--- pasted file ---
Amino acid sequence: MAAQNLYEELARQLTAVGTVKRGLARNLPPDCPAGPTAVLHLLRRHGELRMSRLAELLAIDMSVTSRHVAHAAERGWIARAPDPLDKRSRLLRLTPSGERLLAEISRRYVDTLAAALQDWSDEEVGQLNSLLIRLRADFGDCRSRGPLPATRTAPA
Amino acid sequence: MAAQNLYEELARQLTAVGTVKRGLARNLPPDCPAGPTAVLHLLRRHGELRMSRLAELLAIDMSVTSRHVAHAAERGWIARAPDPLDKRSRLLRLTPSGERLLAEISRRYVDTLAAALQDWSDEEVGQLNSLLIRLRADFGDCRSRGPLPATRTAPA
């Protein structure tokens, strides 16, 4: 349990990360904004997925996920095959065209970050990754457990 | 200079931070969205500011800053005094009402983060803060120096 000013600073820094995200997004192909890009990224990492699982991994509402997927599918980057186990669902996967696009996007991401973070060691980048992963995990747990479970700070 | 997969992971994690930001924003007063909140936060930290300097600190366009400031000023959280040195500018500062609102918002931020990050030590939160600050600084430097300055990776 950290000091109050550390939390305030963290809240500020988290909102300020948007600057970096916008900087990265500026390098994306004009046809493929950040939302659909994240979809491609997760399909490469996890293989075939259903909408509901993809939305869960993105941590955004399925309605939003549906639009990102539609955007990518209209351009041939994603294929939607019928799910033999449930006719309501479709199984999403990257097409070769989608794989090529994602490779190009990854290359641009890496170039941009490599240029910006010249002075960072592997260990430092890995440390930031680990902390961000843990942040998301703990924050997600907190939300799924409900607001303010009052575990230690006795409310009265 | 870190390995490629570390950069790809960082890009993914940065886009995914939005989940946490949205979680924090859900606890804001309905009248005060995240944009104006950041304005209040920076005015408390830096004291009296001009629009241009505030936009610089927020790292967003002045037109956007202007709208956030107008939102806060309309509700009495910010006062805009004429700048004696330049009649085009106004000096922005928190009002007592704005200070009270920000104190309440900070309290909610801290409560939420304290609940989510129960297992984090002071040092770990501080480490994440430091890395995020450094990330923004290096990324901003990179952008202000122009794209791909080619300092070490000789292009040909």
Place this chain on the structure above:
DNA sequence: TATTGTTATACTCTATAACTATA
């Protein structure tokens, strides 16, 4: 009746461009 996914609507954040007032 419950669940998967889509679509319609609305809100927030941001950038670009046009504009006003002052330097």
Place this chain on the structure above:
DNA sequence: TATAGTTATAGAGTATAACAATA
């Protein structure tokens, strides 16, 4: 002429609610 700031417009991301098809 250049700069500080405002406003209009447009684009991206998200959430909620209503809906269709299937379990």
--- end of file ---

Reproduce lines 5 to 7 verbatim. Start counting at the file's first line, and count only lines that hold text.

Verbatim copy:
DNA sequence: TATTGTTATACTCTATAACTATA
């Protein structure tokens, strides 16, 4: 009746461009 996914609507954040007032 419950669940998967889509679509319609609305809100927030941001950038670009046009504009006003002052330097």
Place this chain on the structure above: